City of the future
Finance has rightly been in the sin bin for the last six years. And the cleanup job isn’t finished. But Mark Carney, the new Bank of England governor, is correct to stress how a large and expanding City of London is good for Britain, Europe and the world – provided it is properly organised.
Carney’s comments, in a speech last week, will seem heretical to many – maybe even to his predecessor, Mervyn King, who showed a barely disguised disdain for financiers. Would it really be healthy, for example, for the balance sheets of British banks to reach nine times GDP, double the current ratio – as Carney projected they could by 2050?
British public will have some big questions about the potential resurgence of finance. Will taxpayers be asked to swoop in again to bail out bust banks? If a rescue is needed, would the government have the wherewithal to support a gigantic sector? Is it wise for the UK to put so many of its eggs in the finance basket?
The answer to the first question is not yet a firm “no”. The job of making the financial system safe is still a work in progress. The priority is to ensure that any bank can fail without wreaking economic havoc. In theory, this can be done by “bailing in” shareholders and bondholders, rather than relying on taxpayers. But there must be enough capital to absorb all the losses and authorities across the world will have work together seamlessly.
Carney is alive to this issue, and in a position to do something about it. He’s not just governor of the Bank of England. He’s also chair of the Financial Stability Board, the body tasked by the G20 to fix the global financial system. But until more progress is made, the public cannot relax.
Quite apart from the macro risk posed by finance, there’s also a question of culture. Too many financiers see their task simply as making as much money as possible for themselves, rather than serving the economy. The crackdowns on excessive compensation and penalties for bad behaviour – such as JPMorgan’s provisional $13 billion settlement for a range of malpractices including mis-selling mortgage-backed securities during the bubble years – are changing culture a bit. But there is further to go.
Even so, the City should not wait for perfection before getting back onto the front foot. For centuries, finance has been a central part of the UK’s economy. It currently contributes 13 percent of GDP, when related professional services such as law and accountancy are included. And the British are world leaders.
Of course, it would be good for Britain to build up its comparative advantage in the creative industries, pharmaceuticals, education and other services where it has a comparative advantage. But there’s no sense in artificially hamstringing the City – provided, again, it is properly regulated.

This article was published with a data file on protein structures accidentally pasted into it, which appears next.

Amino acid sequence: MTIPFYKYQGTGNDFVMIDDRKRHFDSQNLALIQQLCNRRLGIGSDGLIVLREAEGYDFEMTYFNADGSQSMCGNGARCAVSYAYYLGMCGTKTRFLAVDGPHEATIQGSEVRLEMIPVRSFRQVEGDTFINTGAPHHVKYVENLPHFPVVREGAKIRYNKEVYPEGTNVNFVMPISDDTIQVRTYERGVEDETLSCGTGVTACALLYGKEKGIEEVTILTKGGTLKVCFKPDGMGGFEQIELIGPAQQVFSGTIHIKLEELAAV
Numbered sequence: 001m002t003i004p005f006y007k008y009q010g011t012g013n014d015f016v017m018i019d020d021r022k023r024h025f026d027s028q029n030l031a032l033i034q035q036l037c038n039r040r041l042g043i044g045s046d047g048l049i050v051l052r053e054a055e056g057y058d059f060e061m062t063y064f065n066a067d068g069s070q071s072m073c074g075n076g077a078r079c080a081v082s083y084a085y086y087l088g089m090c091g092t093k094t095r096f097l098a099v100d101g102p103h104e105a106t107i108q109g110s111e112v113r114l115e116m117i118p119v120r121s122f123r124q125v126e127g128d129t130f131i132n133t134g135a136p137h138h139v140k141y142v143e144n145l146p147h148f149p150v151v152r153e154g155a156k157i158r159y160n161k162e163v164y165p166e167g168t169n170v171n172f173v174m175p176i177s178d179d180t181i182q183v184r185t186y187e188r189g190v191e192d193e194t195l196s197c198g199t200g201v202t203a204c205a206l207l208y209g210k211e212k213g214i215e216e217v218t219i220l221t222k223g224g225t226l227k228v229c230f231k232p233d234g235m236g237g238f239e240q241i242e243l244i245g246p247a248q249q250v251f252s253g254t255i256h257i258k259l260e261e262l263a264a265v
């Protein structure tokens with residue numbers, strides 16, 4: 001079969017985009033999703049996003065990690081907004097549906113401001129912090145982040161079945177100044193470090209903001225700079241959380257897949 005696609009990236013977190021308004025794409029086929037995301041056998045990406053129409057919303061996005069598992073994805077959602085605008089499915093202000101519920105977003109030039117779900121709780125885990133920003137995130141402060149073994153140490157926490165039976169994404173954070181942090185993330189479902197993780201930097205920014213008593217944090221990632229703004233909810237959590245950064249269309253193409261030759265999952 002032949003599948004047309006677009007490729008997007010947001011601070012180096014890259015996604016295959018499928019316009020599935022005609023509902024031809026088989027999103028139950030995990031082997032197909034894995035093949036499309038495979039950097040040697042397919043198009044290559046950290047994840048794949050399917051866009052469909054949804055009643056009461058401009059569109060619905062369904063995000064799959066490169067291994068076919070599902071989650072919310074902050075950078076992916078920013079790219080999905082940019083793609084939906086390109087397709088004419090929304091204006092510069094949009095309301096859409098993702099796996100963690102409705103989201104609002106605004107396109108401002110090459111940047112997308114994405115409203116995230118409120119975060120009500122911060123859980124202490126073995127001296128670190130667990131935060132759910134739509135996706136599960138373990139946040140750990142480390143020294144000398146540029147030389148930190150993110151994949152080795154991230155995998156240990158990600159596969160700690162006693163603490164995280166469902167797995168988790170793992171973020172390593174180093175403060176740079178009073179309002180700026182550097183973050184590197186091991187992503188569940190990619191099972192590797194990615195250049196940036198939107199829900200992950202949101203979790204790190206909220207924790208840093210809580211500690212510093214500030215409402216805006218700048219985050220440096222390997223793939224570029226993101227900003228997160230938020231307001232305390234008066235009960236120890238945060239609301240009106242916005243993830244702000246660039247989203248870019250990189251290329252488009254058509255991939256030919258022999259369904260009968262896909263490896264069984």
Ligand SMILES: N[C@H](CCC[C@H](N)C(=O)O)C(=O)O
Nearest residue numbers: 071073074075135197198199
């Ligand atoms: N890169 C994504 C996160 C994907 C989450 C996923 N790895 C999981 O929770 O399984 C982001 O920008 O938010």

The opportunities for the City over the next few decades are considerable. And most of them won’t involve larger balance sheets at British banks, or even at the London operations of foreign banks. The biggest areas of growth will be in “markets-based” finance – in which banks will still be involved, albeit not as lenders.
Carney made a few seemingly heretical points about markets-based finance too. He said it was important to rebuild “securitisation”, the process of packaging up loans and selling them onto investors. He also said he wanted to turn “shadow banking”, effectively lending that takes place outside the formal banking system, into “transparent, market-based finance”.
Securitisation and shadow banking are dirty words for some people, after the role they played in the credit crunch. But transparent and robust markets are, in many ways, a healthier form of finance than banks. Carney pointed out, for example, how the equity markets, which meet this description, didn’t seize up in the crisis.
The City’s future is mainly in markets rather than straightforward banking. What’s more, in this, it has the chance to be the world’s leading centre. In recent years, it has become a hub for emerging market activity. It is now focusing on how to help Chinese finance open up to the world.
But the City’s biggest opportunity is closer to home: its EU hinterland. This is because the EU’s “bankcentricity” has been a source of weakness. The single currency zone would be more resilient if its financial system was more markets-based, like America’s. As Carney put it: “There is a strong case for greater reliance on robust financial markets relative to weakened banks.” Such a shift would benefit Britain as much of the business would flow through the City.
This opportunity won’t materialise fully if the EU continues to be suspicious of markets and presses ahead with plans such as a financial transactions tax. But the way to change minds is to engage with those with whom you disagree.
Here again, Carney can offer a new approach. Mervyn King often gave the impression that he was bored with European meetings and secretly hoped the euro would collapse. Carney, by contrast, has gone on a charm offensive. His first phone call was to Mario Draghi, European Central Bank president, and one of his first meetings was with Michel Barnier, the European Commission official responsible for financial regulation.
Much more needs to be done to ensure the UK can host a large and growing financial sector that is also safe. But Carney has started to point the way.